Burqa to no Burqa
Mike Ghouse, July 4, 2007
When the President of the United States abuses the authority given to him and
violates the constitution and trust of the people (low approval ratings), when
the Pope abuses his authority and utters words that create gratuitous chaos,
when the Mufti of Saudi Arabia abuses his authority in pre-empting God's
authority and issues a fatwa declaring another Muslim as a non-Muslim, and when
people in power abuse their authority; the people in power over their family
also abuse the imposition of Burqa as an instrument of control. However, not all
the Presidents, not all the Pope's, not all the Clerics and not all the people
abuse the privileges, some do and I estimate that to be no more than 1/10th of
1% when it comes to the general public.
A majority of Muslim women wear the Burqa out of their own volition, however
there are a few men out there who compel them to wear, and it is certainly an
oppressive situation. When you take a principled stand, women are indeed
oppressed by all societies, The insecure men; whether it is a Bubba, Mullah or a
Prince, be it in China, United States, India, Brazil or Saudi Arabia, they all
behave the same, take it out on their women. Idiots do not have the guts to
fight some one equally strong or independent; but they always prey on the weak
or the dependent. They are the one's that need education and not the Burqa
elimination. Once we learn about the essence of Burqa, we may find ourselves to
become pro-choicers, i.e., respecting the right of choice of the woman and not
dictate what she does and does not wear, just as we are divided on Roe V. Wade.
Burqa is used from the Shuttle-Cock format in Afghanistan to the Hijab format (a
bare scarf in the United States, Canada, India, Turkey, Bangladesh, Pakistan and
some other nations. The Original Islamic idea was for a woman to be modest in
public places, hold on from jumping to conclusions, it is not only women, it is
men as well. Men in most Muslim societies do not wear shorts, they wear full
length pants, they do not go bare chested even in their homes. That is range of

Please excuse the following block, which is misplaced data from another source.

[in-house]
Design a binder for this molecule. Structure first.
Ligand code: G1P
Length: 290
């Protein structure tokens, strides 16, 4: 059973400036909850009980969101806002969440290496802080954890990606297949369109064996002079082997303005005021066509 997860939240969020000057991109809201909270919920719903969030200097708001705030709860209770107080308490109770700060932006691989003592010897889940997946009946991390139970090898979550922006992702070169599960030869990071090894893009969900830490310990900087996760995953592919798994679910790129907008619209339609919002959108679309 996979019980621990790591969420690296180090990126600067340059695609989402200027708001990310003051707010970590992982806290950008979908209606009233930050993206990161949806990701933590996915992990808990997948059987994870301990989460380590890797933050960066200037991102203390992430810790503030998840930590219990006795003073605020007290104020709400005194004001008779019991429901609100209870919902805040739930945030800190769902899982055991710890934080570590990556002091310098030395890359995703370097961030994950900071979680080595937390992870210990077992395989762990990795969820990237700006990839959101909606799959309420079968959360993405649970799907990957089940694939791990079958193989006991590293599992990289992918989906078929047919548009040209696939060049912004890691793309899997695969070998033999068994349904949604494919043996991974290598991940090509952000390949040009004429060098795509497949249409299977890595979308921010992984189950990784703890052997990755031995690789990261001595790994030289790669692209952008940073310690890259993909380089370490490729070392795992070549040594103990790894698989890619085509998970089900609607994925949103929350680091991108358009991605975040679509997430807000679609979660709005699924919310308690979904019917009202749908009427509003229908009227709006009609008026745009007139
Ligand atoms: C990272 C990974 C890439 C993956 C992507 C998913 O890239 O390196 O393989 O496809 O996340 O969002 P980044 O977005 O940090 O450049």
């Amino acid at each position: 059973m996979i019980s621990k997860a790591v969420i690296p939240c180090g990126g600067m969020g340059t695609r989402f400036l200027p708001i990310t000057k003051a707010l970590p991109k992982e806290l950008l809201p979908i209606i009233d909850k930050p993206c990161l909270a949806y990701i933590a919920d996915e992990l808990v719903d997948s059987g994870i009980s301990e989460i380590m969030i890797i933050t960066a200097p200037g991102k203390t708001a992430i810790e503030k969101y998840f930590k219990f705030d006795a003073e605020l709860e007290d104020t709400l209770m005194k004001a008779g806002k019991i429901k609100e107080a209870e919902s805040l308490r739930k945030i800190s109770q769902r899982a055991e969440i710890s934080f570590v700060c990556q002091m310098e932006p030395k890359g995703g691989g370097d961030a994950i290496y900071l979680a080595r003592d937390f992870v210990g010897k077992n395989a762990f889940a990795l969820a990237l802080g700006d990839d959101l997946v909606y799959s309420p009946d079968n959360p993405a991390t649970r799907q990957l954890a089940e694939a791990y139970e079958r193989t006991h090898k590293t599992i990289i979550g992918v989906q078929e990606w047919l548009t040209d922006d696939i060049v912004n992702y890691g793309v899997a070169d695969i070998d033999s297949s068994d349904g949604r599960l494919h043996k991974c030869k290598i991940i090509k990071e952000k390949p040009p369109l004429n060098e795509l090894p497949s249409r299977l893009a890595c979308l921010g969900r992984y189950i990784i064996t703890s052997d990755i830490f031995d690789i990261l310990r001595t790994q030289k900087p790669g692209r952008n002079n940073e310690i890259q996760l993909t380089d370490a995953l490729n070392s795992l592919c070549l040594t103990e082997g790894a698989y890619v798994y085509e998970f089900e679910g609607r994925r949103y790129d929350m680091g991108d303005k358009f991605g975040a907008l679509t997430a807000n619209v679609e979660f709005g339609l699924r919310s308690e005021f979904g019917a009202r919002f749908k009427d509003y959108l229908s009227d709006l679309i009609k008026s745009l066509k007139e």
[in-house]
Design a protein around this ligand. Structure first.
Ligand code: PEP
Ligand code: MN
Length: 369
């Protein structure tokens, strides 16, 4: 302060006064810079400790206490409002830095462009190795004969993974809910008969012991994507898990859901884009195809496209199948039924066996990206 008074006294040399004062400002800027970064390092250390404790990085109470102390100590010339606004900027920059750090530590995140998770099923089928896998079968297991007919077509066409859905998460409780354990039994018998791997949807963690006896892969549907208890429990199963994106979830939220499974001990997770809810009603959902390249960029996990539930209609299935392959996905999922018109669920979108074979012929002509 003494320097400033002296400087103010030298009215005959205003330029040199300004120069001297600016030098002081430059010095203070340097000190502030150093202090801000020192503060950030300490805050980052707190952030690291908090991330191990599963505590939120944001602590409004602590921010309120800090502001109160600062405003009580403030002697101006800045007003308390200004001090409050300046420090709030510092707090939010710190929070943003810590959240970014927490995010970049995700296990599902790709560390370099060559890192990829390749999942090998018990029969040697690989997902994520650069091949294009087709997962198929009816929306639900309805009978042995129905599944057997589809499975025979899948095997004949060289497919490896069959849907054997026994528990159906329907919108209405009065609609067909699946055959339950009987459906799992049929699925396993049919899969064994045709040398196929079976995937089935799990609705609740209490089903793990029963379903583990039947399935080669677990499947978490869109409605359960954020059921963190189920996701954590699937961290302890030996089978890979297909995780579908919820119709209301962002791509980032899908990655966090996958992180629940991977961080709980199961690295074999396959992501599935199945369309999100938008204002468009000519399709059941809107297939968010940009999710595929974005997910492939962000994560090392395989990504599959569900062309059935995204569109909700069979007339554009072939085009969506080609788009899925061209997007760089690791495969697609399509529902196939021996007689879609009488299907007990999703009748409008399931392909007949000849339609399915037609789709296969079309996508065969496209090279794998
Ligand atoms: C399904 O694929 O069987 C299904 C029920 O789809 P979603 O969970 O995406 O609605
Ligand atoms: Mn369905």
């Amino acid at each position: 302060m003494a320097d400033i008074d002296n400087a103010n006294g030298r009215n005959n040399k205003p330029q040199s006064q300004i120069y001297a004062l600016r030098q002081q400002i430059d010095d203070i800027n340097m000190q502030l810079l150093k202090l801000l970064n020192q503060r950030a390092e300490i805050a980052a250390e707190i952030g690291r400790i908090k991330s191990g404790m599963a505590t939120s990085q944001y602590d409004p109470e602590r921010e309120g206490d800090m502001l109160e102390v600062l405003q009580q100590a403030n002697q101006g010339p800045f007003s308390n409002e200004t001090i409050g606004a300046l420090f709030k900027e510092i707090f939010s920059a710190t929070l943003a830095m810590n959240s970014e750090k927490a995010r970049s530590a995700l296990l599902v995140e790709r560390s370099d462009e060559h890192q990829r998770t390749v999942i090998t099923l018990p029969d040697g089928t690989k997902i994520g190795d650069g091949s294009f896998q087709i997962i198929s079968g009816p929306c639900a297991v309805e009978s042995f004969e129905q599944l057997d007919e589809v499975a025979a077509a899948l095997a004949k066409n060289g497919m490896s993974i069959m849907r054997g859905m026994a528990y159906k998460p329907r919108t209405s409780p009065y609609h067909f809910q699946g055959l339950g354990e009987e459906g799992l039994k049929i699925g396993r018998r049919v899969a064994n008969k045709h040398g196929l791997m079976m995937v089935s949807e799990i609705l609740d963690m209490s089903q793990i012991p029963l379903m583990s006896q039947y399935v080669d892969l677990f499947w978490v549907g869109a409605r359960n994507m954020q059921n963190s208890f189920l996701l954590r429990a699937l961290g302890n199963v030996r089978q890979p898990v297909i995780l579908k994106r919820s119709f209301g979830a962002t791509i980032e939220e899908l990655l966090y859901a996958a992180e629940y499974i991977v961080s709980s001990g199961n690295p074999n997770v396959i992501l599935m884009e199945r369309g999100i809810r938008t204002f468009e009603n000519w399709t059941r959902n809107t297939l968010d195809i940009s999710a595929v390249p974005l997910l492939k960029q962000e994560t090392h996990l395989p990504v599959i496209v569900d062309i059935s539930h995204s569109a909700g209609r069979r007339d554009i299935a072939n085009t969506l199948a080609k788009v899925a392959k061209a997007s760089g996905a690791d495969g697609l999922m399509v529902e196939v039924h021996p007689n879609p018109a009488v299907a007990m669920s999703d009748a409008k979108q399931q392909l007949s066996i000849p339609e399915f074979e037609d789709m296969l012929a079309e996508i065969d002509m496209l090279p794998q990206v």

modesty in practice. For an average American to understand this concept of
modesty, all they have to do is compare the society of a higher threshold where,
some families walk around the house with barely any clothes on, but most
American families have modesty, what they wear in front of their children,
especially of the opposite gender, when their sister, daughters or cousins are
around is not the same.
If some woman wants to drop the Hijab, she can, but she has to feel comfortable
with it. It would be hypocritical of us to impose our values onto others, let
alone our own relatives.
We have an obligation to maintain a balance in the society and it is our duty to
keep law and order and faithfully guard the safety of every citizen. If we can
learn to accept and respect the God given uniqueness of each individual, then
conflicts fade and solutions emerge.
Prejudice against any one is one of the many sources of disrupting the peace in
a society and it is our duty to track down the source of such hate and work on
mitigating it. if we let hate mongers, hate sermons and hate lectures creep in
our societies, we lose that desired balance in the society.
First, we have to believe that the societal balance begins with each one of us;
we see goodness around if we upload good values in ourselves. It is in our
interest to treat the world as one nation under God, one family and one people
with liberty and justice for all. We are on the bus.
Mike Ghouse is a Speaker, Thinker, Writer and a Moderator. He is
president of the Foundation for Pluralism and is a frequent guest on talk radio,
discussing interfaith, political and civic issues. He founded the World Muslim
Congress with a simple theme: "good for Muslims and good for the world." His
personal Website is
and his articles can be found on the Websites mentioned above and in his Blogs:
http://MikeGhouse.Sulekha.com . He can be reached at
. Mike lives in Carrollton with his family and has been a Dallasite since 1980
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